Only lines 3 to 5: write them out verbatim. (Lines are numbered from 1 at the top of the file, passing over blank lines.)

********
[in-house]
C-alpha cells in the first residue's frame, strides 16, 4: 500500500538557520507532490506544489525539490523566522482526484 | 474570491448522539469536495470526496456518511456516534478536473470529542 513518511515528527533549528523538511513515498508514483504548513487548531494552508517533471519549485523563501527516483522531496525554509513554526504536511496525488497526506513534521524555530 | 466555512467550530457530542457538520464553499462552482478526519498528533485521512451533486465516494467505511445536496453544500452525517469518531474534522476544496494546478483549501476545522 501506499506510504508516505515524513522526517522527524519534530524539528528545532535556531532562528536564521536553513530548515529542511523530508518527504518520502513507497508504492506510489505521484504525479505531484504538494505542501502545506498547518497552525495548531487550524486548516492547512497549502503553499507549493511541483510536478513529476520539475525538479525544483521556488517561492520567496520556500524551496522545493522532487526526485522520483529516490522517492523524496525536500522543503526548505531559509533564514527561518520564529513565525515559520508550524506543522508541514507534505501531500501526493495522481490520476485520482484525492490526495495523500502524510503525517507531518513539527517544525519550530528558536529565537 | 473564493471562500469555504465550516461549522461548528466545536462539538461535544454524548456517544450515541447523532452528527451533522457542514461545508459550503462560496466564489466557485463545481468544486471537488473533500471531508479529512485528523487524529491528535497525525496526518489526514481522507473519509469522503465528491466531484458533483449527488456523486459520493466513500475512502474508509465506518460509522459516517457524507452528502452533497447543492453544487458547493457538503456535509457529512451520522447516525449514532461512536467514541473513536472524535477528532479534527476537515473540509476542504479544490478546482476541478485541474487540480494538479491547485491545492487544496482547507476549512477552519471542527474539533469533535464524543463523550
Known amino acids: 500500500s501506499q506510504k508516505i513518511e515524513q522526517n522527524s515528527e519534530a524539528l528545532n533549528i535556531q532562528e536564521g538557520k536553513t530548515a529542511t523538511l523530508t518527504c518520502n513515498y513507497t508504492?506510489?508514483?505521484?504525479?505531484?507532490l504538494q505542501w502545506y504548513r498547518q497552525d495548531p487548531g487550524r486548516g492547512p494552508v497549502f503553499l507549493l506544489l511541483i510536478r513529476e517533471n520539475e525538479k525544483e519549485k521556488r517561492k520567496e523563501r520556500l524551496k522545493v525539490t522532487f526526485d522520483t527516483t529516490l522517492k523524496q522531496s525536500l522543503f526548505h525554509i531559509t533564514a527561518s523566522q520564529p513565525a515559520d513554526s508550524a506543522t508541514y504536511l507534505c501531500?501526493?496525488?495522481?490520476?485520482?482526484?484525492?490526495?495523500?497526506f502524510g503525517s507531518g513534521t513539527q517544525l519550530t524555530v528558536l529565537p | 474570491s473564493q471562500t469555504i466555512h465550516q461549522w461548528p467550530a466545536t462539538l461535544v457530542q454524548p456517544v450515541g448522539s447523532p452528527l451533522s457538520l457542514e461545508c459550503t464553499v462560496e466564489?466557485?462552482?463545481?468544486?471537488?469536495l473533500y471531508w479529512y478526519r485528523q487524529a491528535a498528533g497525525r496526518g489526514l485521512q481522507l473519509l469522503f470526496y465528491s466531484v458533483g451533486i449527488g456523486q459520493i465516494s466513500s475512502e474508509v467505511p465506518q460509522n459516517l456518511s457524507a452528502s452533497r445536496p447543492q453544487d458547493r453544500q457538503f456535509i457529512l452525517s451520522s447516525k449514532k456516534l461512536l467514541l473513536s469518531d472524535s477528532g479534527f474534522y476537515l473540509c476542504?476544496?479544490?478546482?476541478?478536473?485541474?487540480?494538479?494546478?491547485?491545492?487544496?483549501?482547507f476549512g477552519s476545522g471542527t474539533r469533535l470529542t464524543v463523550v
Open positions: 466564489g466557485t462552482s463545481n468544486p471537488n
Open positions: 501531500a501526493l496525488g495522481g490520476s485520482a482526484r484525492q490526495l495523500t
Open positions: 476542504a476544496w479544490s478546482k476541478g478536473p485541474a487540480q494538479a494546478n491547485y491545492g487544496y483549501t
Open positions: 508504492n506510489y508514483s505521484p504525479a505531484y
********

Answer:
Known amino acids: 500500500s501506499q506510504k508516505i513518511e515524513q522526517n522527524s515528527e519534530a524539528l528545532n533549528i535556531q532562528e536564521g538557520k536553513t530548515a529542511t523538511l523530508t518527504c518520502n513515498y513507497t508504492?506510489?508514483?505521484?504525479?505531484?507532490l504538494q505542501w502545506y504548513r498547518q497552525d495548531p487548531g487550524r486548516g492547512p494552508v497549502f503553499l507549493l506544489l511541483i510536478r513529476e517533471n520539475e525538479k525544483e519549485k521556488r517561492k520567496e523563501r520556500l524551496k522545493v525539490t522532487f526526485d522520483t527516483t529516490l522517492k523524496q522531496s525536500l522543503f526548505h525554509i531559509t533564514a527561518s523566522q520564529p513565525a515559520d513554526s508550524a506543522t508541514y504536511l507534505c501531500?501526493?496525488?495522481?490520476?485520482?482526484?484525492?490526495?495523500?497526506f502524510g503525517s507531518g513534521t513539527q517544525l519550530t524555530v528558536l529565537p | 474570491s473564493q471562500t469555504i466555512h465550516q461549522w461548528p467550530a466545536t462539538l461535544v457530542q454524548p456517544v450515541g448522539s447523532p452528527l451533522s457538520l457542514e461545508c459550503t464553499v462560496e466564489?466557485?462552482?463545481?468544486?471537488?469536495l473533500y471531508w479529512y478526519r485528523q487524529a491528535a498528533g497525525r496526518g489526514l485521512q481522507l473519509l469522503f470526496y465528491s466531484v458533483g451533486i449527488g456523486q459520493i465516494s466513500s475512502e474508509v467505511p465506518q460509522n459516517l456518511s457524507a452528502s452533497r445536496p447543492q453544487d458547493r453544500q457538503f456535509i457529512l452525517s451520522s447516525k449514532k456516534l461512536l467514541l473513536s469518531d472524535s477528532g479534527f474534522y476537515l473540509c476542504?476544496?479544490?478546482?476541478?478536473?485541474?487540480?494538479?494546478?491547485?491545492?487544496?483549501?482547507f476549512g477552519s476545522g471542527t474539533r469533535l470529542t464524543v463523550v
Open positions: 466564489g466557485t462552482s463545481n468544486p471537488n
Open positions: 501531500a501526493l496525488g495522481g490520476s485520482a482526484r484525492q490526495l495523500t